...or, requests/suggestions for the local use of "stimulus funds."
We pulled off the Internet what is apparently the official wish list of the City of Indianapolis. It's worse than we thought.
The items are divided into five categories, showing the suggested project, the estimated cost and the number of jobs expected to result therefrom. We have no information on the prospective longevity of those jobs.
The largest category includes a list under "Community Development Block Grants" (CDBG) with nineteen projects, totaling $159,254,000. Under CDBG items, the projection is for 710 jobs - a cost of $224,300 per job.
This category includes the goodies we can't afford to do ourselves, but, what the h..., this is someone else's money so let's have at it. It starts small - $1,000,000 for "bike lanes" and 5 jobs - but scanning a few more items down the list brings us to $50,500,000 for "cultural trail bike paths and pedestrian ways." (Our emphasis.) This one predicts 150 jobs. Quite frankly, we have no idea of the functional value of a "cultural trail" nor do we understand the priority of that kind of expenditure considering the over-all fiscal picture in this city.
In an "Energy" category we have $6,000,000 for promotion of "green" buildings (we prefer red brick), energy "audits," energy efficient streetlights, energy efficient city vehicles, etc.. We get 30 jobs for these bucks.
The "Public Safety" category includes three projects for a little over $2,000,000, including "shot spotters" and street cameras. We have no idea what shot spotters are, but one of the five jobs estimated goes with that deal.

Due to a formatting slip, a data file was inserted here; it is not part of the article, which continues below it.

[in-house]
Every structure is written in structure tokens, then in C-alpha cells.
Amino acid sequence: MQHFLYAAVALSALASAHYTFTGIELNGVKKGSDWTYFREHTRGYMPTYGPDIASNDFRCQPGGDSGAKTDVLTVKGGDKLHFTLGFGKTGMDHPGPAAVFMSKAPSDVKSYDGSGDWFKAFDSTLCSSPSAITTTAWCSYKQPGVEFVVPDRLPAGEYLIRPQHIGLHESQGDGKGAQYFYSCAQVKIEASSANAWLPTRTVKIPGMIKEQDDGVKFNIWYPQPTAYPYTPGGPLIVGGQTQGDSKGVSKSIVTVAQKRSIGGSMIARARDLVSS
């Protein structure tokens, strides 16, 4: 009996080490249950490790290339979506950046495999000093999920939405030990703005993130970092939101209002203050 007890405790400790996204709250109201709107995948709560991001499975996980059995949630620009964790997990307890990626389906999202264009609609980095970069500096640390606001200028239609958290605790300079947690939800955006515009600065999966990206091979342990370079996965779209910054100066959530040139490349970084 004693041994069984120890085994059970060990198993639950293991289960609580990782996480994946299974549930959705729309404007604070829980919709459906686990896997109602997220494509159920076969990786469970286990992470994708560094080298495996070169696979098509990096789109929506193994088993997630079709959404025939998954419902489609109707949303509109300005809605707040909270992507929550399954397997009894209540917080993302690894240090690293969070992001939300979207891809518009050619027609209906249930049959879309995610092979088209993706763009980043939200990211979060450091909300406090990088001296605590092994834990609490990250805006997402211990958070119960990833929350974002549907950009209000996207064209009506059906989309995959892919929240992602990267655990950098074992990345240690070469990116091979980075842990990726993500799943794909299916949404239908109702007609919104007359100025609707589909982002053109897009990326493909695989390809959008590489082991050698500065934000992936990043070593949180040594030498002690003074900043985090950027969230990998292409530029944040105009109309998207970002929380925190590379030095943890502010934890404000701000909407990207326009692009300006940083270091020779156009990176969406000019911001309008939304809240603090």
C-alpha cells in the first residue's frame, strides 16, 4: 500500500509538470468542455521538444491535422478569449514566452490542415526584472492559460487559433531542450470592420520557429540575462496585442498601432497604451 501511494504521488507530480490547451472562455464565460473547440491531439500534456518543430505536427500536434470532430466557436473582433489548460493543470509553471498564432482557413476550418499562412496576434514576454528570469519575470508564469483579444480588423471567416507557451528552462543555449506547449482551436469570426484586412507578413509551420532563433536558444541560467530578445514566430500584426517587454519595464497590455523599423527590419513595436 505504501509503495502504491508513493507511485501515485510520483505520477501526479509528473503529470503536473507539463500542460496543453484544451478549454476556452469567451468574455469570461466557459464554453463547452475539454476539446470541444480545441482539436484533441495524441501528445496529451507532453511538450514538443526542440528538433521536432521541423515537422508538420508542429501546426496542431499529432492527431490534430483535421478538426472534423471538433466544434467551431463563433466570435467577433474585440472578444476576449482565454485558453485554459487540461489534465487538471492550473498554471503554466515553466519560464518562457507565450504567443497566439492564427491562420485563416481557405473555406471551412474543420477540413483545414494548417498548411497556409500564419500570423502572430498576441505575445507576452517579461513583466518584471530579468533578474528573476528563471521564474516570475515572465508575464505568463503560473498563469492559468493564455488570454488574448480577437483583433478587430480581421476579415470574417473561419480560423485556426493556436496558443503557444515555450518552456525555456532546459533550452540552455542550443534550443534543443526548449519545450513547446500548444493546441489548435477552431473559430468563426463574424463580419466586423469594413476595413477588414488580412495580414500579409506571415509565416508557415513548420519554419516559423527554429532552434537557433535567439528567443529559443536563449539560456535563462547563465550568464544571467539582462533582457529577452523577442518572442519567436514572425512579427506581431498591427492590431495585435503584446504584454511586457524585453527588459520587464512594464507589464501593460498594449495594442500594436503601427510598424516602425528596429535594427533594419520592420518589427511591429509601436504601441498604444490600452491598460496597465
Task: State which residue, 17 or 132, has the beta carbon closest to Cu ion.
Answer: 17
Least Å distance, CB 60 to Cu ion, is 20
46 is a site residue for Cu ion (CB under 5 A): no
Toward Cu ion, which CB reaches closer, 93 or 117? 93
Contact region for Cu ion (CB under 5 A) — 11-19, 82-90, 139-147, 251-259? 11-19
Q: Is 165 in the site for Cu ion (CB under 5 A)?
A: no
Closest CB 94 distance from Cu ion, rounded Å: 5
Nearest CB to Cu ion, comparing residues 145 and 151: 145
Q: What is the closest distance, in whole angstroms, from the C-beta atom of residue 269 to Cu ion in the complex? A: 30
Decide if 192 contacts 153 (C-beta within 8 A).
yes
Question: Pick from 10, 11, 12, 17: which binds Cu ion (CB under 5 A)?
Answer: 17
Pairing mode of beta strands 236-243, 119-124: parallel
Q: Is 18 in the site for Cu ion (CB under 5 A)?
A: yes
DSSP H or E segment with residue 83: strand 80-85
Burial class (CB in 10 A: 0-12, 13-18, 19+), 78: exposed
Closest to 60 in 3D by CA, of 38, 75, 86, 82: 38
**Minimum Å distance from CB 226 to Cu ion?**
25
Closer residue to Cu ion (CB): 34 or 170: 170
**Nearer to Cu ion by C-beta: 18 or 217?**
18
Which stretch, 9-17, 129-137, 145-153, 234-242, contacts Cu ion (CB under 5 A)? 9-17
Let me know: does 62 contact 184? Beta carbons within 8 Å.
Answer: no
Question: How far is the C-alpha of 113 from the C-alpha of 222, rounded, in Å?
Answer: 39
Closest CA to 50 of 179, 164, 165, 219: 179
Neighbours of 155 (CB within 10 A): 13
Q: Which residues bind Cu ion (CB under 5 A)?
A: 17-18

"Transit" is an interesting category. Nine projects total $20,350,000 for 66 jobs. As far as we can tell, the only direct expenditure on actual transportation equipment is $600,000 to "Replace ten supervisor vehicles with domestic hybrid sedans...." (Our emphasis.)
The last category is "Water" which includes three projects for sewer system improvements. Here we have cost estimates at about $78,800,000, providing 370 jobs. We cannot find fault with efforts to renovate the antiquated system with which we now struggle. Perhaps, though, some attorney could enlighten us as to what the "Federal consent decree projects" are, which amount to $24,424,500 within that total of $78 million.
We rounded off the total costs at $266,522,000 with 1,181 jobs. That comes out to something over $225,000 per job. Is that a reasonable figure? We don't know. Nor do we know how many of the jobs will extend beyond the physical completion of a project.
Is there a question then, for any permanent employees, as to the source of funds to cover that increased payroll? Is this a repeat of the concept of building a huge, palatial stadium without anticipating that the larger building will cost more to operate? Shouldn't we be taking a look at this part of the equation?
Or are we stuck on the idea that we can't do for ourselves anyway, and that Uncle Santa is our only hope? Was that really the thought behind so much of the campaign rhetoric?